If the decision maker does not believe these two things, I believe it would be unjustified for her to grant the seeker access to the dead man’s sperm. This is because, in doing so, she would be overriding two important—if not foundational—principles of medical ethics: the prohibition on violating a corpse (or the body of a brain dead person) for reasons other than their own benefit, and the requirement that informed consent be obtained from a person prior to a procedure being undertaken.
Upon reflection, I believe that sperm seekers should not automatically be trusted to be seeking sperm for the right reasons—a desire to extend the dead man’s autonomy and not as a means to their own ends—but that they should have to prove that their reasons are right. Because of the circumstances surrounding such cases, I believe it would nearly always be difficult for them to do. This is firstly because when most sperm seekers are making their decisions about (and their case for) the extraction, storage, and/or use of the dead man’s sperm, they are in the early stages of grief (there is a window of opportunity of about seven days after the body expires for viable sperm to be extracted). Such grief may make it difficult for the seeker to be clear in their own mind about the precise nature of their motive for seeking the sperm and the existence and/or quality of the evidence to support a contention that recovering the sperm would be what the dead man would have wanted. This lack of clarity would make it difficult for them to persuade others that their reasons for wanting the sperm are sound.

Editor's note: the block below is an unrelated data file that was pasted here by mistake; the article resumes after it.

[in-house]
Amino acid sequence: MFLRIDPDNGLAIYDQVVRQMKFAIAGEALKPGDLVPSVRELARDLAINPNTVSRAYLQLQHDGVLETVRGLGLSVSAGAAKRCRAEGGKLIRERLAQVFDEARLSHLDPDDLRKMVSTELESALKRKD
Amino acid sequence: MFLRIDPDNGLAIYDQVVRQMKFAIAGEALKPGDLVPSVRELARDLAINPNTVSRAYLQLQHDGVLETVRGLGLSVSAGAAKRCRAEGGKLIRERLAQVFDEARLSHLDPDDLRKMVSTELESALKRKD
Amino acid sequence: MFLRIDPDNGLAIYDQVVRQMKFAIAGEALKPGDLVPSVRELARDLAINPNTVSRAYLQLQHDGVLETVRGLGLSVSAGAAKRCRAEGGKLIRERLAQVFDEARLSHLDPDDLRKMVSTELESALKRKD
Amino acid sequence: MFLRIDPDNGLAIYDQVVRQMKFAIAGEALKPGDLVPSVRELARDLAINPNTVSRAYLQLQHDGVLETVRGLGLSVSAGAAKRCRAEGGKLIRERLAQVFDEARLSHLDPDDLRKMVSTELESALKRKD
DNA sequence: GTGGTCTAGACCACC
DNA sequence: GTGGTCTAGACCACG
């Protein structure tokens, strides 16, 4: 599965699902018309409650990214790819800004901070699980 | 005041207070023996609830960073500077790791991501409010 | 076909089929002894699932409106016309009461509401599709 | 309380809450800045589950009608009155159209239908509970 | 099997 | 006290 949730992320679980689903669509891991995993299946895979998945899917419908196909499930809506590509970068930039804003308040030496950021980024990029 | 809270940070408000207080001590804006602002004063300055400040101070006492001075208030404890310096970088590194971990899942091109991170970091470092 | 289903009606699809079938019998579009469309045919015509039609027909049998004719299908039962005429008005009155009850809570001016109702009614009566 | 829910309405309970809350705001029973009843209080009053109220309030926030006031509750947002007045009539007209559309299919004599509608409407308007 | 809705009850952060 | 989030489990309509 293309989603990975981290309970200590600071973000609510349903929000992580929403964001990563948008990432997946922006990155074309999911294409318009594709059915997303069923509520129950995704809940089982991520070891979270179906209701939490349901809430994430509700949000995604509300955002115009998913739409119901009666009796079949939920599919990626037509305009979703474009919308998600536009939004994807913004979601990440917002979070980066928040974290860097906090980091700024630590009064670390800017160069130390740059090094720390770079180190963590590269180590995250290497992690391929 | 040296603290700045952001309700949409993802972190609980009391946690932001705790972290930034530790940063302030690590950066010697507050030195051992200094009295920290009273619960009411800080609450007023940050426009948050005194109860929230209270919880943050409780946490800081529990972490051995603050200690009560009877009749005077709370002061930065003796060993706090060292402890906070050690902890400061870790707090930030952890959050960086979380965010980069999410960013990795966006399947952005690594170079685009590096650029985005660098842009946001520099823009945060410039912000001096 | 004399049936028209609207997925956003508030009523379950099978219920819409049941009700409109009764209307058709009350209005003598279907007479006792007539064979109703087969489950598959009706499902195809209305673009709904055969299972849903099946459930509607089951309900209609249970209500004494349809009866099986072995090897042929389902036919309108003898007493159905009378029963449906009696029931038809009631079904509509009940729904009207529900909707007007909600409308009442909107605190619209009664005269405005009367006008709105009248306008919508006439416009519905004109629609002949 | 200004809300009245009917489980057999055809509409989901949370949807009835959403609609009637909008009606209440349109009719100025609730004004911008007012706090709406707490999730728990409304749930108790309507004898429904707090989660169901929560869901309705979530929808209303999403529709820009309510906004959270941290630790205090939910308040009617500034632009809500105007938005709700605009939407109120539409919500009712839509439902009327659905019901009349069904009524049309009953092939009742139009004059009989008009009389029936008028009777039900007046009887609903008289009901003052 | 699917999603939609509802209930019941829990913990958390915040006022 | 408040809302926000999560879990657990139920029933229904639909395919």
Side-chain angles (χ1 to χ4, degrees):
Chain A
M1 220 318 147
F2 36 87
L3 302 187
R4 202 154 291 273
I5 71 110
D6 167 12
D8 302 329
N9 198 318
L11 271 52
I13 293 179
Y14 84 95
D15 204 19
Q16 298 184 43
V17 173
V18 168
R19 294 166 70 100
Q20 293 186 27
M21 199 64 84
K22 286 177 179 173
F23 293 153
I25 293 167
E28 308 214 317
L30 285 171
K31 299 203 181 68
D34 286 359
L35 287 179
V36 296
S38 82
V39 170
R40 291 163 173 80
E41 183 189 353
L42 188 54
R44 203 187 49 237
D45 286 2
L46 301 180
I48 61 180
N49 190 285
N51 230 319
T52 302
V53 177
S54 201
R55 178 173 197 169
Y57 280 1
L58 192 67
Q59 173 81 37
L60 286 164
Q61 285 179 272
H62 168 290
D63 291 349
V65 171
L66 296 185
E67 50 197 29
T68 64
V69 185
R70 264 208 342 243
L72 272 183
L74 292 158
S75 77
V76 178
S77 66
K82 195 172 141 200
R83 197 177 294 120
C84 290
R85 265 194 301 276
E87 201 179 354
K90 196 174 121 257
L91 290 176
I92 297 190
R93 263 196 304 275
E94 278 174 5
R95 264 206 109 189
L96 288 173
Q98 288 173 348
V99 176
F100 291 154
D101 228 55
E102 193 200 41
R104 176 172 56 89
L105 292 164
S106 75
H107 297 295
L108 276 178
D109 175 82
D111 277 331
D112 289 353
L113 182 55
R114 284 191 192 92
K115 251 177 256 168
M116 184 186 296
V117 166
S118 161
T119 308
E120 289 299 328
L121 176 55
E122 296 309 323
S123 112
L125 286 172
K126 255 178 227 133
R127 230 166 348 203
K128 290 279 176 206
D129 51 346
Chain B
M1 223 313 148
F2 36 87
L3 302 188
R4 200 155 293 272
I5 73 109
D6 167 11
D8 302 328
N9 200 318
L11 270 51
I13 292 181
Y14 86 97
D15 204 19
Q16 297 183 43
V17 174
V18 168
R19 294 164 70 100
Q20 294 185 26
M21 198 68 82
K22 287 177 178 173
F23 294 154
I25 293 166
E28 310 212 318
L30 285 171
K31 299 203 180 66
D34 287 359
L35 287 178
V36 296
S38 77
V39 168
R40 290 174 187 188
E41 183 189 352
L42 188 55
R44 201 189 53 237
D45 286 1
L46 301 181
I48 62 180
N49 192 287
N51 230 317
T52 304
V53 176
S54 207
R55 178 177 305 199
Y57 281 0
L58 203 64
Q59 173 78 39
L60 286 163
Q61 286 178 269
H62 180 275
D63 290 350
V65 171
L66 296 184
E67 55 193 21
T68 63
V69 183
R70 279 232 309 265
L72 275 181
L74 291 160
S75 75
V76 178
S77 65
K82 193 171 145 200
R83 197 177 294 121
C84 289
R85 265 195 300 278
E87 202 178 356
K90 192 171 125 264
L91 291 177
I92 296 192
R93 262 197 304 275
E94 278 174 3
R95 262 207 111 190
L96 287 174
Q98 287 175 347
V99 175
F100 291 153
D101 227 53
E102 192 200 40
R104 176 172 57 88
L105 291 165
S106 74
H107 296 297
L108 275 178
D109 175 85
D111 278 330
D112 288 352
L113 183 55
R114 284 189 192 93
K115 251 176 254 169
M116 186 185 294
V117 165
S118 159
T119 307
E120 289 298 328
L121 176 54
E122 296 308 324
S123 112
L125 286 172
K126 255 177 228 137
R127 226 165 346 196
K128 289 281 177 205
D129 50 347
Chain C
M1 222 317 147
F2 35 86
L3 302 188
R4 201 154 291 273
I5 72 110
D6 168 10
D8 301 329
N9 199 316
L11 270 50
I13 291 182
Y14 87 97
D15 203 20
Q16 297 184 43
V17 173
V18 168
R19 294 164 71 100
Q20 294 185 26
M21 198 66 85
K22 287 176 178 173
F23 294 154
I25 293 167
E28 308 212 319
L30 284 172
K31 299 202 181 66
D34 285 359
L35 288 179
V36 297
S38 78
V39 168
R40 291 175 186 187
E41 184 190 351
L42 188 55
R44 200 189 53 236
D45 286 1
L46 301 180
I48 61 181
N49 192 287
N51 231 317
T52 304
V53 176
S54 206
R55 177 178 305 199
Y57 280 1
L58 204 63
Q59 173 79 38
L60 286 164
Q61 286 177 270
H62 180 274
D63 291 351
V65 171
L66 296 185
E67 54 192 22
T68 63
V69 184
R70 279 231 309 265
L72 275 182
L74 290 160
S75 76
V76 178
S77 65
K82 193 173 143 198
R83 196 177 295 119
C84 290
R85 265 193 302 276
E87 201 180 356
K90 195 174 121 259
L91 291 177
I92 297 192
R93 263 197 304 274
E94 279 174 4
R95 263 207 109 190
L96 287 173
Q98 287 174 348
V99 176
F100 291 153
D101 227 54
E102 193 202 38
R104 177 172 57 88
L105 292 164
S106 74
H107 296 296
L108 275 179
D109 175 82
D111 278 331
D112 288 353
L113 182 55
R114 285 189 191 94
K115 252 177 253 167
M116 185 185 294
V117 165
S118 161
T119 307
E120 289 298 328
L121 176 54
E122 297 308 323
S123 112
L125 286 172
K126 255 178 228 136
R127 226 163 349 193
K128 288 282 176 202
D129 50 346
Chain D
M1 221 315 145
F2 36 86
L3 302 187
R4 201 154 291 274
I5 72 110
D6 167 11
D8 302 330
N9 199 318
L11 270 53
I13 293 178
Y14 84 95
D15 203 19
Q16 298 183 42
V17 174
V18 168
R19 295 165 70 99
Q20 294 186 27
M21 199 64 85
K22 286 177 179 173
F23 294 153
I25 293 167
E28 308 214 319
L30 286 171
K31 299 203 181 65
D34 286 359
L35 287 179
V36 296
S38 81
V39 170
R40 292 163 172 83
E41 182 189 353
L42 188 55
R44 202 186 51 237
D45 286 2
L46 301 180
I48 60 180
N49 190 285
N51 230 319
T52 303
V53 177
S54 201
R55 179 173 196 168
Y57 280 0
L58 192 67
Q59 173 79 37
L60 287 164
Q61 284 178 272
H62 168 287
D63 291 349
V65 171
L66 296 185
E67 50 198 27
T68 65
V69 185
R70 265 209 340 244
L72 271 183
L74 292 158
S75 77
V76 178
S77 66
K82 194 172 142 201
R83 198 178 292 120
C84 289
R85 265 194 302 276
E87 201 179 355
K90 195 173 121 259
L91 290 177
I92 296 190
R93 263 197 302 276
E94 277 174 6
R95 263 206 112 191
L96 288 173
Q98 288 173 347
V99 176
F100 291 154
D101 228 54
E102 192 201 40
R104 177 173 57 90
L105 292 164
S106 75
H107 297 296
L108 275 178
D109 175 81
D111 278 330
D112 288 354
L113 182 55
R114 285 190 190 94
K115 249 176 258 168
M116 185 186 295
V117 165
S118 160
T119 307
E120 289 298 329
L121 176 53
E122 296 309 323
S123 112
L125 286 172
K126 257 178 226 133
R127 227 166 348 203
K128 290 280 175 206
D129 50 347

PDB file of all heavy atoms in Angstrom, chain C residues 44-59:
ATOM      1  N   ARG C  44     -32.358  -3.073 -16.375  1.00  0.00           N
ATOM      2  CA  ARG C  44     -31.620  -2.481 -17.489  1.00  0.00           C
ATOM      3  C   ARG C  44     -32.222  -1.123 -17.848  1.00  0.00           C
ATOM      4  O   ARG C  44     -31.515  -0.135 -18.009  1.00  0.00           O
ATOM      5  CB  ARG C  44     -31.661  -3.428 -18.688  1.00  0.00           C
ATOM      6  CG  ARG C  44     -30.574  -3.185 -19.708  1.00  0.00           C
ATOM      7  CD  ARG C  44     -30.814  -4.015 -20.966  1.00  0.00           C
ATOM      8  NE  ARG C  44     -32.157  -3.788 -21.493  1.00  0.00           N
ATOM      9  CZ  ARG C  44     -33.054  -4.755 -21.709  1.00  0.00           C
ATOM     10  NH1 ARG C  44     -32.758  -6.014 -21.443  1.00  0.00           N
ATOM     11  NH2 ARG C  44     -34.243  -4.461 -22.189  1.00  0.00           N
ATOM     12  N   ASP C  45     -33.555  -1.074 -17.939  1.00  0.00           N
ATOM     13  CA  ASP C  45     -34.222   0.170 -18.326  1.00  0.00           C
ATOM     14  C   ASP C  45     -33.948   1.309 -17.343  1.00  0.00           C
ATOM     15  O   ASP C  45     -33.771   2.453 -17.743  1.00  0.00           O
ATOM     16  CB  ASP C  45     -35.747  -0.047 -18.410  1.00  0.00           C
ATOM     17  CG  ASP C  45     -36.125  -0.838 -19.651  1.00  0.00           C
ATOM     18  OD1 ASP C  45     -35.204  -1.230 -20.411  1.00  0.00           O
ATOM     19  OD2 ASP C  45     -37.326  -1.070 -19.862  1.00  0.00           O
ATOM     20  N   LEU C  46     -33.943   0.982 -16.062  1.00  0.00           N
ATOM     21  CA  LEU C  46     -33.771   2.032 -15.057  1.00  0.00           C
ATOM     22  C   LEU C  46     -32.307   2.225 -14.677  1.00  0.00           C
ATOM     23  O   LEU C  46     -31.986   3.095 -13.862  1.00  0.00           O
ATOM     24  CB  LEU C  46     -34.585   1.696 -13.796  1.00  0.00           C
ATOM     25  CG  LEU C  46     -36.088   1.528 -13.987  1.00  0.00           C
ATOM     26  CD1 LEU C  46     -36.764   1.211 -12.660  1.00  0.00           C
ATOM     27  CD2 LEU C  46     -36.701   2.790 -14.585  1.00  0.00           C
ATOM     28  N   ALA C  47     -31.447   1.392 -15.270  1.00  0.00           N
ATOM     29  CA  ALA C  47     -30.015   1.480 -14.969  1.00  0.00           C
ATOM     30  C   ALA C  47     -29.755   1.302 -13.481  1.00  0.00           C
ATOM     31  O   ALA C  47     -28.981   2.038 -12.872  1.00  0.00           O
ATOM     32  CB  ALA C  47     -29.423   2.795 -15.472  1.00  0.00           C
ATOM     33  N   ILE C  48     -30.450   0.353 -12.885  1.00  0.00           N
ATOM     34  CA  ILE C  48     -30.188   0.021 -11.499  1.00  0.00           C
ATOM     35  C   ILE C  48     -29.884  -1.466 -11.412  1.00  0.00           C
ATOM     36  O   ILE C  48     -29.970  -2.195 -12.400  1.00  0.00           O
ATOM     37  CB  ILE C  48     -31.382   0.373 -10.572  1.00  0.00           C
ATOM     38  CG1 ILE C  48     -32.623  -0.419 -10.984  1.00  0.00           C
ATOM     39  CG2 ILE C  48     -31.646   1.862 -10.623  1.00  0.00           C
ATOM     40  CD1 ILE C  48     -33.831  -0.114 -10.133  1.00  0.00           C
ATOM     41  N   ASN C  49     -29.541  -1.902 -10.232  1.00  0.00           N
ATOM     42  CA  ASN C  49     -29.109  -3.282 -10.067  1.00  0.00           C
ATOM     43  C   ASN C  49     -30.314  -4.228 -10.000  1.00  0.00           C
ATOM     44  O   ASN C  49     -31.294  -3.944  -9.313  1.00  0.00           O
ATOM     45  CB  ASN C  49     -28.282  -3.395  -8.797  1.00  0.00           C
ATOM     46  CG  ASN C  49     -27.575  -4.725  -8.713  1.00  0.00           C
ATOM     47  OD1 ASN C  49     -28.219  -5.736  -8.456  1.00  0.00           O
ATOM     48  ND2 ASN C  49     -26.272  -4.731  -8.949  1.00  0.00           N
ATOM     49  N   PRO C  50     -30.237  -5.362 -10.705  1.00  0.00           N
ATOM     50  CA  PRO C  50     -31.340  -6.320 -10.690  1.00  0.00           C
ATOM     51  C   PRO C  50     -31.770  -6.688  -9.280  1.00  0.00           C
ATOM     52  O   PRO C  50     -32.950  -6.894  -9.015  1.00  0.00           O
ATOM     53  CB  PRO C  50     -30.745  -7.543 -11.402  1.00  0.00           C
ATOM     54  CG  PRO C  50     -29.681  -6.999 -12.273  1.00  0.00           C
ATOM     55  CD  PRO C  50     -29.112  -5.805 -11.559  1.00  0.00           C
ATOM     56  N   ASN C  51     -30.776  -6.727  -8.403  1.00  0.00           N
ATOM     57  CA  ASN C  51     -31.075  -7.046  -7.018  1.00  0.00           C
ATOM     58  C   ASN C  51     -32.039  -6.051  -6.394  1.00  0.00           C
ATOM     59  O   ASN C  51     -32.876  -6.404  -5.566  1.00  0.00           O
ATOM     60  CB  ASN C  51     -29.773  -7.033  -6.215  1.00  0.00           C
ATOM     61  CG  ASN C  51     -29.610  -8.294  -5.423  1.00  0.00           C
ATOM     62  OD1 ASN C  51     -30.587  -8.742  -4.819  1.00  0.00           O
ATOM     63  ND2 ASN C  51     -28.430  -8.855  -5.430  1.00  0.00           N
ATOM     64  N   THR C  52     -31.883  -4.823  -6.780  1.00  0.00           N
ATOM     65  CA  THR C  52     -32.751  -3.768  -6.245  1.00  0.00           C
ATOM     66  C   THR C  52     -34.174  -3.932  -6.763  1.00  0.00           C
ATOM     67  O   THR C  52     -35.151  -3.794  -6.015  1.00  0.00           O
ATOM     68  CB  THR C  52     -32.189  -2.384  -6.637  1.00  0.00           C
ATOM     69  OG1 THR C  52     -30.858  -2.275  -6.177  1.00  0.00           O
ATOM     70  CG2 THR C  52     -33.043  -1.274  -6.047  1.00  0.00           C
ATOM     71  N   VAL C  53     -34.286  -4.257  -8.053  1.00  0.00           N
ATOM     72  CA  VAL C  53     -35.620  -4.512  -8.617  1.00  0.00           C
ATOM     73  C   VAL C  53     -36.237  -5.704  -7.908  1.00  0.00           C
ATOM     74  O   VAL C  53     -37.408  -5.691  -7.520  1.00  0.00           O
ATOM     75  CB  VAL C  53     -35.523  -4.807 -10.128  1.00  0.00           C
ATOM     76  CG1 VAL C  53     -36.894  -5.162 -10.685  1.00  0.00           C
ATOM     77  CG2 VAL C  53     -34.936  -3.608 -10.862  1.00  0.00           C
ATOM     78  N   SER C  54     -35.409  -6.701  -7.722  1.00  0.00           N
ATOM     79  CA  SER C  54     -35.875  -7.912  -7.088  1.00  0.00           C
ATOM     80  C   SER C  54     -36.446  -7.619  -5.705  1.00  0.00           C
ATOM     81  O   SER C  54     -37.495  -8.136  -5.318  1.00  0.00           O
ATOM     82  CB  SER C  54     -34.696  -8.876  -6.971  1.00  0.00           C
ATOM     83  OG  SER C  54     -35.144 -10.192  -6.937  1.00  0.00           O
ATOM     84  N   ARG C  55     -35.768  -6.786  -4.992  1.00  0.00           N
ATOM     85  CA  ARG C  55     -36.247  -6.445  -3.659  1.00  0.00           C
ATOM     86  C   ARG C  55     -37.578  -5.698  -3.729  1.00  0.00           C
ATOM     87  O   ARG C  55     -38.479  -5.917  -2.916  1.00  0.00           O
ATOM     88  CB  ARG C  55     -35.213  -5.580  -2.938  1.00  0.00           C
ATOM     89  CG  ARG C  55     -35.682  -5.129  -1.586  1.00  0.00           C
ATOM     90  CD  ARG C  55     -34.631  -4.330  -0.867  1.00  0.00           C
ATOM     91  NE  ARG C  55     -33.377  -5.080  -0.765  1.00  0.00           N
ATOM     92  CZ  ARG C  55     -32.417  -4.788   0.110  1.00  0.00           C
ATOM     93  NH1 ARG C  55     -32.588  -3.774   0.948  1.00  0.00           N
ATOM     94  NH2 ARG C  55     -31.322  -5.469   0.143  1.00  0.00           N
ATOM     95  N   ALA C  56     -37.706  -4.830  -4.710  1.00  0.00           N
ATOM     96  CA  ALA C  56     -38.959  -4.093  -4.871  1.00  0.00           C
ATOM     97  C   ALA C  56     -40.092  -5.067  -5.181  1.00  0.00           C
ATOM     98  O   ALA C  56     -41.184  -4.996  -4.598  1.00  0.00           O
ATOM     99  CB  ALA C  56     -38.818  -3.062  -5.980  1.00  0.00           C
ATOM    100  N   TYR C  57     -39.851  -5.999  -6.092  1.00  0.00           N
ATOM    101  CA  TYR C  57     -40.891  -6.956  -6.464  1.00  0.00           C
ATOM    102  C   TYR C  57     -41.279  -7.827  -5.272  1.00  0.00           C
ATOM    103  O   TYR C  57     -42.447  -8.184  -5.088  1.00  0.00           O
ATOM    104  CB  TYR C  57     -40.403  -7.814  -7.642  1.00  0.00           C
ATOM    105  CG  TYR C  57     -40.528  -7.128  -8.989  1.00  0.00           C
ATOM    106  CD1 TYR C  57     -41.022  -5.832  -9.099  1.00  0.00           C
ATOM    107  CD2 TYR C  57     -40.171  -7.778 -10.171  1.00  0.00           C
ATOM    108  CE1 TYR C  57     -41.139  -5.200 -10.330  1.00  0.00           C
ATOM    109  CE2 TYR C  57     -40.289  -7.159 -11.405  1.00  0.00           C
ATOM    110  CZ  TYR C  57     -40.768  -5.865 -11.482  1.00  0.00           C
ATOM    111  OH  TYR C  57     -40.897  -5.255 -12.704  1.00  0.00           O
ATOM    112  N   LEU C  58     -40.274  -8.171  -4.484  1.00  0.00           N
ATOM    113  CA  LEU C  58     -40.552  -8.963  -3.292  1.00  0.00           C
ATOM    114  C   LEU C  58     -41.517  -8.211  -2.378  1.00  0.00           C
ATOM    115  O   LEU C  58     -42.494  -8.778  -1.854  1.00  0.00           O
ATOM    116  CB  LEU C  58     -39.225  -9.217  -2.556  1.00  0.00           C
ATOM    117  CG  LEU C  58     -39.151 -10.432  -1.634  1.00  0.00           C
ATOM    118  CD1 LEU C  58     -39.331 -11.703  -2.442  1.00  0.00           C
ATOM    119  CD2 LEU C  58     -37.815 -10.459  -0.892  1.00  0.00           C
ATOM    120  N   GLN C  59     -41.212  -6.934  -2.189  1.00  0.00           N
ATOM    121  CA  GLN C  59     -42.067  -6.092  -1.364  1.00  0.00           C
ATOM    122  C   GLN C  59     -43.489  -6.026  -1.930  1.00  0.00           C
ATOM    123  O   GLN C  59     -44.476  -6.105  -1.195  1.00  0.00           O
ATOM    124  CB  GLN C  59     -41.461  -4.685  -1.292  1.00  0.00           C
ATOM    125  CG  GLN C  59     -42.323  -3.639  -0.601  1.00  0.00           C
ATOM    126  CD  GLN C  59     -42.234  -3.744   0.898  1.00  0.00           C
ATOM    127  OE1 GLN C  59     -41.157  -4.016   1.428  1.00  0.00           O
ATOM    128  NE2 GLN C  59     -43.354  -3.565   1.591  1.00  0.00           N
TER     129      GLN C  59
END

However, this may only be an argument against allowing sperm seekers early use of collected sperm to pursue a child, rather than an argument against their being allowed to collect it now for possible use later. However, when a life partner or son dies, grief typically lasts for many years and part of what is mourned is the loss of the life one expected and wanted to have with the deceased. In the face of such a loss, the bereaved may seek to recover as many aspects of the life they expected and thought they would have—in the case of sperm seekers, one with children in it—as they can. Although this is completely understandable, it might be expected to influence the objectivity of the answer the sperm seeker gives to the central question that will and must be answered: in this situation, what would the dead man have wanted?